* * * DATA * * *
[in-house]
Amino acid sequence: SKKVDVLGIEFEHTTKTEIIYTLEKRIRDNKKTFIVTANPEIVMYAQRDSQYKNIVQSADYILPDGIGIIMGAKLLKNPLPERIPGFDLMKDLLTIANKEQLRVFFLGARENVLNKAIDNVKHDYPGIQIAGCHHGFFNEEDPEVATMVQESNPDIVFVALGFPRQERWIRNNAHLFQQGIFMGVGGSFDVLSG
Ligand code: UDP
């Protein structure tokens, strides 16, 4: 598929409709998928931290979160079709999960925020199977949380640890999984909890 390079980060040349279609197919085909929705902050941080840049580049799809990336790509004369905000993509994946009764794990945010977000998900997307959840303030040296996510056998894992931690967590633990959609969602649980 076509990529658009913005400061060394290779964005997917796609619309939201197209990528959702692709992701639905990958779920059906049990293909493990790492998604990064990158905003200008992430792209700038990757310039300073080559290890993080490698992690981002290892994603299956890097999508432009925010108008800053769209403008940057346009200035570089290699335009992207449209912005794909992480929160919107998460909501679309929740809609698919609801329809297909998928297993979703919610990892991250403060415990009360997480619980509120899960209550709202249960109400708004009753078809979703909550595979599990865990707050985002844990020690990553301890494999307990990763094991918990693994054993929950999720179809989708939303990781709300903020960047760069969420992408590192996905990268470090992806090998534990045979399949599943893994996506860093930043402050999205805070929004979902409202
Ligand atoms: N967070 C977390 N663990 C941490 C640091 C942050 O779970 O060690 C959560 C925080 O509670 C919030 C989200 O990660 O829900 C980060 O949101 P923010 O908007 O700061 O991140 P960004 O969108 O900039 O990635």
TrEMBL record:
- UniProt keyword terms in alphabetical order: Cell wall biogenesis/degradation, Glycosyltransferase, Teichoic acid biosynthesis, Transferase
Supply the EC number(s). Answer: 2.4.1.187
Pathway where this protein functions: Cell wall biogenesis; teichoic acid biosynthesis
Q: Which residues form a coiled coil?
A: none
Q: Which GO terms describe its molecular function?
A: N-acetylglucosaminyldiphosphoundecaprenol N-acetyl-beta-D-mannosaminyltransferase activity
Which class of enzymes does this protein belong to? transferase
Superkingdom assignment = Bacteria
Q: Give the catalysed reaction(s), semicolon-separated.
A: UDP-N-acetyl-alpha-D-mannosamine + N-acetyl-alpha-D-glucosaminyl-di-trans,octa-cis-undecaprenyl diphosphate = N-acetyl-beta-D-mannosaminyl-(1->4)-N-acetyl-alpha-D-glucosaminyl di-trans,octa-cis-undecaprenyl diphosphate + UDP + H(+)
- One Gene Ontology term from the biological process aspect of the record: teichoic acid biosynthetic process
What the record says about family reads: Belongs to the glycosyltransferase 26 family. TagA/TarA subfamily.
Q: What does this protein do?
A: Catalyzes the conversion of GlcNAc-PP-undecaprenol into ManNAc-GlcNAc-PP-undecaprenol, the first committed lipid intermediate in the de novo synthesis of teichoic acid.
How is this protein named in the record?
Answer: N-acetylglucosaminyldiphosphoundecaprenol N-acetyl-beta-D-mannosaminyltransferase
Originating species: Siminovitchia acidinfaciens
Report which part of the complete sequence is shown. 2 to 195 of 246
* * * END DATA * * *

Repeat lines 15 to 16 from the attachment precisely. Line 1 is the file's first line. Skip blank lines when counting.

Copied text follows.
Superkingdom assignment = Bacteria
Q: Give the catalysed reaction(s), semicolon-separated.